With the rapid wave of modernisation, sexually active teenagers are becoming a matter of serious concern. And to get the upper hand in this situation, many countries have introduced certain school-based programs in past decades hoping to enable them to make informed decisions and help them shape a healthy lifestyle.
According to the data of Ain o Salish Kendra (ASK), the instances of rape is increasing drastically with every passing year in our country. The number of rape cases, reported or unreported, can be traced down, but what about the wormhole of statistics regarding all those unknown veiled sexual relationships that adolescents are entering into? It is nearly impossible to guess the number, but then again counting is not the solution anymore. It's time we deal with the situation by talking and raising awareness.
In our society, the word 'sex' is still considered as a social taboo while in practice, the culture is becoming more and more popular among the adolescents and youngsters, consciously or under peer pressure of moving with the trend. Whether consensual sex or not, in the eyes of the law there are certain restrictions in regard to this matter.
We all know that sexual intercourse against one's will or consent using physical force, coercion or abuse of authority constitutes 'rape'. However according to Section 375 of the Penal Code of Bangladesh, one can still be liable to rape even if the intercourse was consensual where among other instances, the age of the girl is below fourteen years (or below thirteen years in case of a married girl). In all cases, the highest punishment of rape is imprisonment extending up to ten years, simple or rigorous, or imprisonment for life along with additional fines.
Therefore, even though the adolescents are having consensual sexual intercourse out of curiosity or teen love, the boy may be held liable for rape if the girl is legally minor. I bet this piece of information is unknown to many, adolescent or not, because by the word 'rape' we only understand force and this is not something we are taught either at school or at home.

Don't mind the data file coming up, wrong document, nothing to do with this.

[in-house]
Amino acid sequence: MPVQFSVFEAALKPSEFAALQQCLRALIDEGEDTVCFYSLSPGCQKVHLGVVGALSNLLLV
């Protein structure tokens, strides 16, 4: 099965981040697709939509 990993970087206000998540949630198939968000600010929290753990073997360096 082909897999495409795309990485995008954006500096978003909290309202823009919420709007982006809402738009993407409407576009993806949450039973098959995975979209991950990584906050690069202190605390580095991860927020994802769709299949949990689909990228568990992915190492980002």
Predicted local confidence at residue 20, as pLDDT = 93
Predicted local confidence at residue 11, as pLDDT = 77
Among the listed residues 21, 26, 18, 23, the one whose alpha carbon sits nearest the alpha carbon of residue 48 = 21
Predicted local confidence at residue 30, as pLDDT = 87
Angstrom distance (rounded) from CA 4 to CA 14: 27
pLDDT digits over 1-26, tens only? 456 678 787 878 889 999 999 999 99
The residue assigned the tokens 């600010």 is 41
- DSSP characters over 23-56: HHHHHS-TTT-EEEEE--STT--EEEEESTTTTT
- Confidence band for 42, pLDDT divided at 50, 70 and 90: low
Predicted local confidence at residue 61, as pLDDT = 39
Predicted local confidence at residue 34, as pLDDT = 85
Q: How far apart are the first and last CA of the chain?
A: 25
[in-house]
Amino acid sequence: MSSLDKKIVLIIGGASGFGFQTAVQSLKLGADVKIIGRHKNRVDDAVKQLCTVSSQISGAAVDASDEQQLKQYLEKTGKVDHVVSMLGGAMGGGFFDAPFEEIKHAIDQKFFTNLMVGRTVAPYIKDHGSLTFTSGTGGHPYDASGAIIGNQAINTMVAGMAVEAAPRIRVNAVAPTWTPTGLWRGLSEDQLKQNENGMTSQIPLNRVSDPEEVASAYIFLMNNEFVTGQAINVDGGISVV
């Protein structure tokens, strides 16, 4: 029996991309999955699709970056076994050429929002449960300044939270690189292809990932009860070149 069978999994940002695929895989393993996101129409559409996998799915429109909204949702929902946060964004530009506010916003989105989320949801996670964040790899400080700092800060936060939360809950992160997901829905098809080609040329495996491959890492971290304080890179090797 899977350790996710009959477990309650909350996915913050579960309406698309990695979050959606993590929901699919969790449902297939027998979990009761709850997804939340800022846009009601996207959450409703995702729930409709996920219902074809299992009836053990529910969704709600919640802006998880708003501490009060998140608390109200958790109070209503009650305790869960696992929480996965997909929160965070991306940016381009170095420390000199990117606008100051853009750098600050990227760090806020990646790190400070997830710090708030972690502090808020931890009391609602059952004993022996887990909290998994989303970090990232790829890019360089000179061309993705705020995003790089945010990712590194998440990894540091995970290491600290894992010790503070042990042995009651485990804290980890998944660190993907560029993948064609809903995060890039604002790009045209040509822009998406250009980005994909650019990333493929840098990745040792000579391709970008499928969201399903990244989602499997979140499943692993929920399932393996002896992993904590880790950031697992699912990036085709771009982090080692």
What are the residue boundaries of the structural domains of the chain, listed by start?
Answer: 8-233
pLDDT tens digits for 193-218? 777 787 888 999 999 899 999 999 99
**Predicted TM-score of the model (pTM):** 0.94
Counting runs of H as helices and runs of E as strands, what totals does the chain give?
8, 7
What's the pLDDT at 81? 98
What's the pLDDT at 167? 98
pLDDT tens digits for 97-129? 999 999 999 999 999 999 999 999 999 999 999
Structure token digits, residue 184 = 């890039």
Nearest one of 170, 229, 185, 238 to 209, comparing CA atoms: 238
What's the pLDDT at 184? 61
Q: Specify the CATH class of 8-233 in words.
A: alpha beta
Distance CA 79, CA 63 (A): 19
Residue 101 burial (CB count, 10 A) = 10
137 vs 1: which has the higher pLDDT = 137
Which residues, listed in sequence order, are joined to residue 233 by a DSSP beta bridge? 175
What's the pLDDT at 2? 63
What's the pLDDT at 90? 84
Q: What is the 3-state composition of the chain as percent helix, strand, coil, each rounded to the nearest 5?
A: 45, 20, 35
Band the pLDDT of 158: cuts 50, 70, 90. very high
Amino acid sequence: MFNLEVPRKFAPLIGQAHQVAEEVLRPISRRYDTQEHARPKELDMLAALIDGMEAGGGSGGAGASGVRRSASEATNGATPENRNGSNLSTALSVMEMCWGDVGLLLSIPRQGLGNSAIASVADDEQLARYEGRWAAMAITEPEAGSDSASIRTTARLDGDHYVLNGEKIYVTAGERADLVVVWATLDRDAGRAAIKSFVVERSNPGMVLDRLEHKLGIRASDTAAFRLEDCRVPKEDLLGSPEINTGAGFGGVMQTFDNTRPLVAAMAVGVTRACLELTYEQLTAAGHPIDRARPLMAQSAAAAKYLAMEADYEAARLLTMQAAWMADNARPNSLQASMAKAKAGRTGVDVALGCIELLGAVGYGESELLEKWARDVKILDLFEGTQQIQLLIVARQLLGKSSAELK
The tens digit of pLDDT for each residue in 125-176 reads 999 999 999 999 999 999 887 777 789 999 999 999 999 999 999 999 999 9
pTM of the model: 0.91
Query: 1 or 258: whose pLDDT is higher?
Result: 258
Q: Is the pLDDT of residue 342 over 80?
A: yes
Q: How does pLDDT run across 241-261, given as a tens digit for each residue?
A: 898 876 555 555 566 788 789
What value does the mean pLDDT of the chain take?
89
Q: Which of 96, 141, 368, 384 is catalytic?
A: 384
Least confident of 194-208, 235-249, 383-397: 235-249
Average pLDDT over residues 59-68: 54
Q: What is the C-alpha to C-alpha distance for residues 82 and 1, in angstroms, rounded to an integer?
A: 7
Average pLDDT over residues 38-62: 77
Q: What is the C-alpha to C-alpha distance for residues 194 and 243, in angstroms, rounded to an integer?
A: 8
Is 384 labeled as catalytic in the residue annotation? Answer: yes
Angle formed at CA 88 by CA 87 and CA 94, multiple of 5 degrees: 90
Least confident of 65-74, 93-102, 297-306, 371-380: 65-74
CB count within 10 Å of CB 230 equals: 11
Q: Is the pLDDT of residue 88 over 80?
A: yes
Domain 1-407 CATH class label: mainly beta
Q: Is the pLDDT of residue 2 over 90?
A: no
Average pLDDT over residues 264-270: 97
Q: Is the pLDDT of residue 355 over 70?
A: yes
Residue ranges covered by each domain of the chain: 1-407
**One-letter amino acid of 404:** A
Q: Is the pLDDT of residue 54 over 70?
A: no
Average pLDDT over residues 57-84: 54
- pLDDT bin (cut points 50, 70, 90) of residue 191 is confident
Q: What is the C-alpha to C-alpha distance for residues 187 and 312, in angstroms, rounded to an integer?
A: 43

Natural attraction towards opposite gender or even questions regarding our own biological growth are considered 'adult talk' in our society and instantly hushed up; hence, the concept of 'sex education' comes into play.
The idea may be novel in Bangladesh, but not to the world. According to researchers, scholars and activists in this field, after parents the schools are the first place where the children or adolescents are most exposed to learning simply because school is the only institution in regular contact with a sizable proportion of the teenage population.
Scientifically, all the adolescents of same aged groups do not attain the same level of maturity; hence the need to be aware of sex-education. And for that, the best place would be the school. A course could be included in the contemporary education system to educate the adolescents about consent, safe sex, and the consequences arising out of it. Social norms and religious views may also be discussed along with the existing legal provisions regarding this matter.
Most importantly, the parents need to be taught that a comprehensive sex education is not the demonstration of the act of sexual intercourse; rather, it is a course discussing human sexuality that includes emotional relations and responsibilities, such as, reproduction, age of consent, health, safe sex, birth control, sexual abstinence etc.
When awareness rises among families regarding this, we will be able to forget about social taboo and shame. Probably only then, the rising amount of cases of rape, attempts to rape or even consensual sex among minors as well as the legal and social consequences of these can be reduced.
This will also help to build a foundation of trust and friendship while providing young people with advices regarding right and wrong activities. In most of the cases, children tend to avoid talking about sexual issues but this should not be the case if we want to protect our children.
Schools have been always the first place of learning, let them also be institutions which foster decision-making and problem-solving skills through adequate instructions, in the belief that henceforward our adolescents will be better equipped to act responsibly towards themselves and the society.
Tanzina Akter Rita is an apprentice lawyer of Judge Court, Dhaka.